In Defense Of Bernie Sanders (No, Really)

This is a follow up to Anne Laurie’s post below, and continuing proof that the front pagers are not all different accounts from the same troll factory in Grovers Mill, New Jersey.

Disclaimer, or reclaimer, or full disclosure or something.  Bernie isn’t my first choice, or second, or third. I think he’s a disingenuous ego-driven politician who did a lot of damage in 2016, has a record of actual progressive accomplishment that is, to be charitable, thin, who does not walk the walk in crucial ways, and who, IMHO, would be the leading candidate most likely to lose to Donald Trump in 2020 of all the leading potential Democratic Party nominees.  Of the top five, my personal ranking right now is Warren, Harris as a close second, Buttigieg as a more distant third, another gap to get to Biden, and then a yet bigger gap to Sanders.

All that said, the arguments about his spending plans and their purported reliance on the monetary theory to which his lead economic advisor subscribes seem to me to have some bad numbers behind them, and to overstate the case against the heterodox ideas of Modern Monetary Theory.

This all caught my eye in part because my current project (Money for Nothing, Random House, due out in June 2020) spends some time with John Law, the Scottish duelist, gambler, adventurer, architect of one of the first great financial and stock market bubbles, and early monetary theorist.  Law was a genuinely astonishing character: born to a Scottish banker, he inherited young, headed to London and lived a basically worthless, wastrel’s life — drinking, womanizing, gambling (ineptly, at this stage). (Here’s a contemporary memoir that has the fun details.)  In 1694, when he was in his early 20s and running out of his father’s money, he got into a duel — for reasons that are still somewhat obscure, but may well have been scandalous.  He killed his man, was charged with murder, and escaped to the Continent, where he began to develop into the man we now remember.

When Law was finally able to put his ideas into action in France between 1716 and 1720, some of them worked and have evolved into ordinary financial tools, and others, quite spectacularly, did not — and it’s that story that informs some of my thinking about MMT (for all that I know the past is a different country, and radically alien context in which Law worked limits the direct lessons one may draw from his day into ours).

All that digression is both a sop to my current obsession and a long-winded way of saying I’m not an economist; I’m not remotely an expert on MMT or any macro-economic theory; I’m just a guy with a habit of reading odd stuff. I did have the advantage this a.m. of having a tame heterodox economist in the house (my sister in law), and we did talk about this post, but everything that follows is my folly.  Discount accordingly.

All the windup leads to two simple objections to the Bernie disdain in some of the tweets Anne Laurie quoted, and some of the comments that flowed from it.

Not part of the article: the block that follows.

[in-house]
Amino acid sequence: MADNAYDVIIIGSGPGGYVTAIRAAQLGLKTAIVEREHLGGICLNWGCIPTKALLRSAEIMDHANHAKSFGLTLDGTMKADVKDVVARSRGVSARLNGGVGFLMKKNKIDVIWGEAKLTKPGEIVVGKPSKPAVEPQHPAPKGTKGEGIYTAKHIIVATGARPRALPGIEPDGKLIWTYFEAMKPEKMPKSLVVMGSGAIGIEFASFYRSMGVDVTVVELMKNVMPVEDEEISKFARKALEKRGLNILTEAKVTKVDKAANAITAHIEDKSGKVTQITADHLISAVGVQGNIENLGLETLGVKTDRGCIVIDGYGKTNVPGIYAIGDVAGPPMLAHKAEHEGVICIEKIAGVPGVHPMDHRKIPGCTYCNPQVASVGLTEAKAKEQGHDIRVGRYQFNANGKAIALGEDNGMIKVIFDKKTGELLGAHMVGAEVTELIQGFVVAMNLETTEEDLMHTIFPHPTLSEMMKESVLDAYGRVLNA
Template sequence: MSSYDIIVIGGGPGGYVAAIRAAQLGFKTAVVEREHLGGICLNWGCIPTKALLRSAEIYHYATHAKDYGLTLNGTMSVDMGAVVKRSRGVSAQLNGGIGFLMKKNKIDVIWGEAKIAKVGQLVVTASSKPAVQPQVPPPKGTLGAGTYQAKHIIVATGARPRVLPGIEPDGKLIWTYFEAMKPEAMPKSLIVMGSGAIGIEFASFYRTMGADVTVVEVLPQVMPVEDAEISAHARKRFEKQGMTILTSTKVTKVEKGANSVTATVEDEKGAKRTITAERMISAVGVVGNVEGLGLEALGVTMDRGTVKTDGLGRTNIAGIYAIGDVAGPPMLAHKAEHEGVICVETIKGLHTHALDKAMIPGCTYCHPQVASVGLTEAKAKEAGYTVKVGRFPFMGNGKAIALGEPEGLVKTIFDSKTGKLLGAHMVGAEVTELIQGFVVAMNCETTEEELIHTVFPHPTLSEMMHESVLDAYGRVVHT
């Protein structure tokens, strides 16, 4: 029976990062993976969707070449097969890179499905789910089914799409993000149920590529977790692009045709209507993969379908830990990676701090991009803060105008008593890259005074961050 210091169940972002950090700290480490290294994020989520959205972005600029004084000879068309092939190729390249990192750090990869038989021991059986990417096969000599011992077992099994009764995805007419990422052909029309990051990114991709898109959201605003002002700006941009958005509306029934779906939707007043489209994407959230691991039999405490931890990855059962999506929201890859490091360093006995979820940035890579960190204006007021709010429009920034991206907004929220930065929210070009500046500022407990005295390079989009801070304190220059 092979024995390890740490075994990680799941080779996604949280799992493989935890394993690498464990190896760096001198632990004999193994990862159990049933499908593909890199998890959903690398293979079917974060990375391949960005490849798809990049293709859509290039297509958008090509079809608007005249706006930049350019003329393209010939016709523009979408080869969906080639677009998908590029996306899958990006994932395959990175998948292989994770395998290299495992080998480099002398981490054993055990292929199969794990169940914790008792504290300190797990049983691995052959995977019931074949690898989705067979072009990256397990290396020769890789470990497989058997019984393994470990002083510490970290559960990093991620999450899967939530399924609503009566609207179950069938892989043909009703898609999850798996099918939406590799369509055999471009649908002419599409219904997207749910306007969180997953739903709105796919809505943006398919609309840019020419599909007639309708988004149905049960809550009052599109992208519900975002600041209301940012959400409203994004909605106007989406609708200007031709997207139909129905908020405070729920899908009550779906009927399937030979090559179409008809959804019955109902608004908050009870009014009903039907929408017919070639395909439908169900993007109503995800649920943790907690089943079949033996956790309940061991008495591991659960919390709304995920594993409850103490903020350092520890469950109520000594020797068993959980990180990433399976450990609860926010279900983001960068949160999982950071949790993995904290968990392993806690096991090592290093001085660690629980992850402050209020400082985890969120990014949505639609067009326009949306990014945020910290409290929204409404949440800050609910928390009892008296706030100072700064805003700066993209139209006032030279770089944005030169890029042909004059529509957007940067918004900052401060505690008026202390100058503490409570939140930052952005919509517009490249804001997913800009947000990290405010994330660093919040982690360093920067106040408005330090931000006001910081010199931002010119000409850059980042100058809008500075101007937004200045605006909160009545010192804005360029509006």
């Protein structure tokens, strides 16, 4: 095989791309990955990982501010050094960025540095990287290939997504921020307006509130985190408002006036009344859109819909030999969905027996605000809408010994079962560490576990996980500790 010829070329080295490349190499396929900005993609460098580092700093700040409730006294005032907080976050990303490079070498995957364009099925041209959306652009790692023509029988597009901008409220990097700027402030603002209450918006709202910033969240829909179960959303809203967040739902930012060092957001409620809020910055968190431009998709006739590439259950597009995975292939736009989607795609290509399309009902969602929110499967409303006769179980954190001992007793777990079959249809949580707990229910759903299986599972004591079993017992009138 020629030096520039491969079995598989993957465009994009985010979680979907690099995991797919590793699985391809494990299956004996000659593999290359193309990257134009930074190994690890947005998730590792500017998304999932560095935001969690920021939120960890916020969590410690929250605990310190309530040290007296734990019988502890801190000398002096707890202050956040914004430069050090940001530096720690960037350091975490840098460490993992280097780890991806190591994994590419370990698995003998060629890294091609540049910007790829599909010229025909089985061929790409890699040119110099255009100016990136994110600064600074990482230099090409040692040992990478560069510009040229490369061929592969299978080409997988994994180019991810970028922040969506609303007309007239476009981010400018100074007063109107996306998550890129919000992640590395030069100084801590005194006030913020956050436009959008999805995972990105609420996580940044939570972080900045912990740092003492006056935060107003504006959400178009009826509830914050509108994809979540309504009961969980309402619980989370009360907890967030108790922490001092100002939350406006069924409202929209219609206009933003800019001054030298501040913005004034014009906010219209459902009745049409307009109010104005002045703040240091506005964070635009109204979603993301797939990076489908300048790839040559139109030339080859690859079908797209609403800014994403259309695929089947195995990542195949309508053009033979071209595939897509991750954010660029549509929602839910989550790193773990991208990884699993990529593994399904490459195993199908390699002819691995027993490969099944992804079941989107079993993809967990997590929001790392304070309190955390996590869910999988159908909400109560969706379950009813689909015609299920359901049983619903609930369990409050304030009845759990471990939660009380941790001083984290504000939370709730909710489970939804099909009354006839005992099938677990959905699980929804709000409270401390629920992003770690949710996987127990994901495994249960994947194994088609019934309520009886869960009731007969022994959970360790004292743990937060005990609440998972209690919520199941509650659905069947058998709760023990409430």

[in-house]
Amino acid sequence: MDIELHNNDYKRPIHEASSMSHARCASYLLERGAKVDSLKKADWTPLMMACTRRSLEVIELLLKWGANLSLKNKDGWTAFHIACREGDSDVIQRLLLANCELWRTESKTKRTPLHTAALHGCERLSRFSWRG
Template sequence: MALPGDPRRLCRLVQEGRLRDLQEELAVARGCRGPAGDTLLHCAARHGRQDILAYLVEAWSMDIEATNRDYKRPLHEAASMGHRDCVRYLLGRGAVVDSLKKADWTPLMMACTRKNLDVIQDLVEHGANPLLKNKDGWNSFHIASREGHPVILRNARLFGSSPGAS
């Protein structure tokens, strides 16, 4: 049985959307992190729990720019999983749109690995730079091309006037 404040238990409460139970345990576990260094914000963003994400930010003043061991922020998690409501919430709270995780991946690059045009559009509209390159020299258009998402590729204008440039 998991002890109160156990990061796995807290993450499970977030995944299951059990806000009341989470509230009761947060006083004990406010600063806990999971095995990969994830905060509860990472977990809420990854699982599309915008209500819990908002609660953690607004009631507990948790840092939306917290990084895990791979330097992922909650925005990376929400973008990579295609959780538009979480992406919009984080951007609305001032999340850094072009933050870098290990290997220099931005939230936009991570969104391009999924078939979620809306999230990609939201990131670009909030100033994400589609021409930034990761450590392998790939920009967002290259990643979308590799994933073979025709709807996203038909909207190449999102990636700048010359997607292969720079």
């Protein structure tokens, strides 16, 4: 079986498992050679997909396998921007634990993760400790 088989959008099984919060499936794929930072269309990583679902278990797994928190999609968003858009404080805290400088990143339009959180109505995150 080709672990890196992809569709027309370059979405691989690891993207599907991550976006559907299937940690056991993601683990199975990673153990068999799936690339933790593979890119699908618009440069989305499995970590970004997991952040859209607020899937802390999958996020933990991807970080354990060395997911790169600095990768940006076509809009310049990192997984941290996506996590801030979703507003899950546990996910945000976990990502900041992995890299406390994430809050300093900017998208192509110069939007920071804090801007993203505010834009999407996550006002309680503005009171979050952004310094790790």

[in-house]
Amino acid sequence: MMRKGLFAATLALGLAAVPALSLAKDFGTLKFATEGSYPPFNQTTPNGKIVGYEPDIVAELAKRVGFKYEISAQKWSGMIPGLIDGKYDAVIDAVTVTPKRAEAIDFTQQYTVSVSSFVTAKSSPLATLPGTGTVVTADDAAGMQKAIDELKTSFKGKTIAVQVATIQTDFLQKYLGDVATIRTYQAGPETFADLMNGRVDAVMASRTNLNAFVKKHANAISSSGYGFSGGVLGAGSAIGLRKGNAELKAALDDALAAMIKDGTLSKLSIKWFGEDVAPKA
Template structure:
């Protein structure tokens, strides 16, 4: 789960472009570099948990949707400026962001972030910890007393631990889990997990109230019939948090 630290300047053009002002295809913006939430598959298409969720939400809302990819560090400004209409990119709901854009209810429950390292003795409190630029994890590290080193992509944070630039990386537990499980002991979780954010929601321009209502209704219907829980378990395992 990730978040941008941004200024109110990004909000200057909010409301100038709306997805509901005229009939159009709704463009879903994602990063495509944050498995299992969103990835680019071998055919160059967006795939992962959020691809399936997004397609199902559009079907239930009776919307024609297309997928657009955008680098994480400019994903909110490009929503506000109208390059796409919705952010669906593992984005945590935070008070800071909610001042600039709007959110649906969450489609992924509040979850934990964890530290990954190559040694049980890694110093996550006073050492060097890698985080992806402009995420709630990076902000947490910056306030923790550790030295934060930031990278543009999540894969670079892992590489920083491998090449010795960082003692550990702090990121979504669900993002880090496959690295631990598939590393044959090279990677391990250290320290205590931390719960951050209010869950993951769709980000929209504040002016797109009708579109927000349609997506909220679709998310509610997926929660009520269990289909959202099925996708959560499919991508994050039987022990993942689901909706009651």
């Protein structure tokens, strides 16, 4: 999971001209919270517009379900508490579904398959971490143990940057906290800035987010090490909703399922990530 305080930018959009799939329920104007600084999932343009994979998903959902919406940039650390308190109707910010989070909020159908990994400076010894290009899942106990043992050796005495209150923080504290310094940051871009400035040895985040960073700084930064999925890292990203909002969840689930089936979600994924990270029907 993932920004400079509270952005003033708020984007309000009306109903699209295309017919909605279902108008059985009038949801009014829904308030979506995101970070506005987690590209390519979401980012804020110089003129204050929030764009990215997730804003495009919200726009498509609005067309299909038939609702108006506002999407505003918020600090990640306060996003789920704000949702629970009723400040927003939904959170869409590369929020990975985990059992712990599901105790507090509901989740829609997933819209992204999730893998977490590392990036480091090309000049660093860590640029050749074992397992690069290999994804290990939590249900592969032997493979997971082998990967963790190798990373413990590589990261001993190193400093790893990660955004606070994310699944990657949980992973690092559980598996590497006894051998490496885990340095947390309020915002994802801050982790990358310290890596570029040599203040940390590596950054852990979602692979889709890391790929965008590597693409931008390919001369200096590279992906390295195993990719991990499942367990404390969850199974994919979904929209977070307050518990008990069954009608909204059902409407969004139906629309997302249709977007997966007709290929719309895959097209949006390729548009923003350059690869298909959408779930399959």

The first, simpler point is that thinking in this tweet is just wrong:

Here are the problems, in order from top to bottom.  The US and most countries don’t tax wealth, they tax income, which can be approximated as GDP.  So the US takes in close to $2.5 trillion in income and payroll taxes per year on about, estimated for 2019, about or a little above $21 trillion in GDP (see table 7). Read more








Late Night Schadenfreude Open Thread: Bad News for the Sanders Campaign

“Figures lie and liars figure!…”


In other words: When Biden announced, Sanders lost 8 points, which he has since regained. Of course, his numbers could continue to improve… but since March, Elizabeth Warren has gone from 4 points to 15. And she’s trending!


Read more








Late Night Open Thread: Speaking of Self-Owns…

Per The Register, “Hipster whines at tech mag for using his pic to imply hipsters look the same, discovers pic was of an entirely different hipster”:

At the end of February, MIT Technology Review emitted a pithy rundown of a 34-page research paper from maths-modelling boffins at Brandeis University in the US; the paper essentially posited that in a bid to make that all-important “countercultural statement”, hipsters can end up looking alike…

Accompanying the article was an edited stock image of a generic millennial chap in plaid shirt and standard-issue beanie, or “trendy winter attire”, as Getty put it.

The MIT journal’s editor-in-chief, Gideon Lichfield, took to Twitter to tell a “cautionary tale” about what followed the article going live:

“We promptly got a furious email from a man who said he was the guy in the photo that ran with the story. He accused us of slandering him, presumably by implying he was a hipster, and of using the pic without his permission. (He wasn’t too complimentary about the story, either.)”

… The stock photo giant checked the model release and lo! The guy in the image wasn’t even the same dude who was complaining. “He’d misidentified himself,” Lichfield said.

“All of which just proves the story we ran: hipsters look so much alike that they can’t even tell themselves apart from each other.”…

As my old man used to say, “There are times when ‘deny all knowledge of the incident’ is the wisest choice.”








Nevertheless She Persisted: The Cuteness, It Burns!!!! Edition

This is absolutely adorable!

Open thread!








Good news everybody

National healthcare spending is significantly (~10%) below 2010 projections:

And people are less stressed about being able to pay for a medical bill:

Why I was told that was Unpossible

Open thread